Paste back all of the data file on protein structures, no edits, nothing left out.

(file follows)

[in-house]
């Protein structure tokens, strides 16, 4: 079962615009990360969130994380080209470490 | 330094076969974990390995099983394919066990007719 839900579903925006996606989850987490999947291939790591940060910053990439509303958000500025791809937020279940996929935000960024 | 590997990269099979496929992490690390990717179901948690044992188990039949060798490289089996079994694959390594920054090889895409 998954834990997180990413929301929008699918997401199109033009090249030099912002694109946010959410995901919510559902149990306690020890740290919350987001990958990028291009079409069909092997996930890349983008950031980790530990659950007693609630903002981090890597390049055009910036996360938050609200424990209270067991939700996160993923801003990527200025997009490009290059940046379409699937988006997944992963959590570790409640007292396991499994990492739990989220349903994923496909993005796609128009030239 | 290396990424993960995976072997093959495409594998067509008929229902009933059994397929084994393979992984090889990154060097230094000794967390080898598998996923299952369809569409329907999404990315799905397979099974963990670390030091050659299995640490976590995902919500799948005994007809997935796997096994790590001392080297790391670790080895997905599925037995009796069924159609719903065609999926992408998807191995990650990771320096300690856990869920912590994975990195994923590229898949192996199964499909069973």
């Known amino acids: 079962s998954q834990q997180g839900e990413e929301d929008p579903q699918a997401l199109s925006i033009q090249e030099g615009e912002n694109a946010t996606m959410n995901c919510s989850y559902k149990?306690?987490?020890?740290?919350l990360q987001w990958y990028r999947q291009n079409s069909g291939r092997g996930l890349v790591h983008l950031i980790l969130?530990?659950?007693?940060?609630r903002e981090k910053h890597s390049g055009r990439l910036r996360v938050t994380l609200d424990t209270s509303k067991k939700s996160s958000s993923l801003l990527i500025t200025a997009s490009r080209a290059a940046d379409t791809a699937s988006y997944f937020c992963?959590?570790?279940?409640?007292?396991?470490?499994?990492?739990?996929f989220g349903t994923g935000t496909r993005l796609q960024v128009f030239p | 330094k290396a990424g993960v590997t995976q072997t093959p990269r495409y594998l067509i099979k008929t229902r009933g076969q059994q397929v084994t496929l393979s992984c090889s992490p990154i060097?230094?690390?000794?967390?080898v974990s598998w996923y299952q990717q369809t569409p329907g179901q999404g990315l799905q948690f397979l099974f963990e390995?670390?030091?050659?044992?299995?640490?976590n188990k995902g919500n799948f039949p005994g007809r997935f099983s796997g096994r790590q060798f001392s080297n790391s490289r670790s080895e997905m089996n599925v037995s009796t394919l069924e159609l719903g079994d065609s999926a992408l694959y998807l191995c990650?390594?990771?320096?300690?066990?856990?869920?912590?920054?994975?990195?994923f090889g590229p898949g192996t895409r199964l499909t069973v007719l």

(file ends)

[in-house]
């Protein structure tokens, strides 16, 4: 079962615009990360969130994380080209470490 | 330094076969974990390995099983394919066990007719 839900579903925006996606989850987490999947291939790591940060910053990439509303958000500025791809937020279940996929935000960024 | 590997990269099979496929992490690390990717179901948690044992188990039949060798490289089996079994694959390594920054090889895409 998954834990997180990413929301929008699918997401199109033009090249030099912002694109946010959410995901919510559902149990306690020890740290919350987001990958990028291009079409069909092997996930890349983008950031980790530990659950007693609630903002981090890597390049055009910036996360938050609200424990209270067991939700996160993923801003990527200025997009490009290059940046379409699937988006997944992963959590570790409640007292396991499994990492739990989220349903994923496909993005796609128009030239 | 290396990424993960995976072997093959495409594998067509008929229902009933059994397929084994393979992984090889990154060097230094000794967390080898598998996923299952369809569409329907999404990315799905397979099974963990670390030091050659299995640490976590995902919500799948005994007809997935796997096994790590001392080297790391670790080895997905599925037995009796069924159609719903065609999926992408998807191995990650990771320096300690856990869920912590994975990195994923590229898949192996199964499909069973």
């Known amino acids: 079962s998954q834990q997180g839900e990413e929301d929008p579903q699918a997401l199109s925006i033009q090249e030099g615009e912002n694109a946010t996606m959410n995901c919510s989850y559902k149990?306690?987490?020890?740290?919350l990360q987001w990958y990028r999947q291009n079409s069909g291939r092997g996930l890349v790591h983008l950031i980790l969130?530990?659950?007693?940060?609630r903002e981090k910053h890597s390049g055009r990439l910036r996360v938050t994380l609200d424990t209270s509303k067991k939700s996160s958000s993923l801003l990527i500025t200025a997009s490009r080209a290059a940046d379409t791809a699937s988006y997944f937020c992963?959590?570790?279940?409640?007292?396991?470490?499994?990492?739990?996929f989220g349903t994923g935000t496909r993005l796609q960024v128009f030239p | 330094k290396a990424g993960v590997t995976q072997t093959p990269r495409y594998l067509i099979k008929t229902r009933g076969q059994q397929v084994t496929l393979s992984c090889s992490p990154i060097?230094?690390?000794?967390?080898v974990s598998w996923y299952q990717q369809t569409p329907g179901q999404g990315l799905q948690f397979l099974f963990e390995?670390?030091?050659?044992?299995?640490?976590n188990k995902g919500n799948f039949p005994g007809r997935f099983s796997g096994r790590q060798f001392s080297n790391s490289r670790s080895e997905m089996n599925v037995s009796t394919l069924e159609l719903g079994d065609s999926a992408l694959y998807l191995c990650?390594?990771?320096?300690?066990?856990?869920?912590?920054?994975?990195?994923f090889g590229p898949g192996t895409r199964l499909t069973v007719l």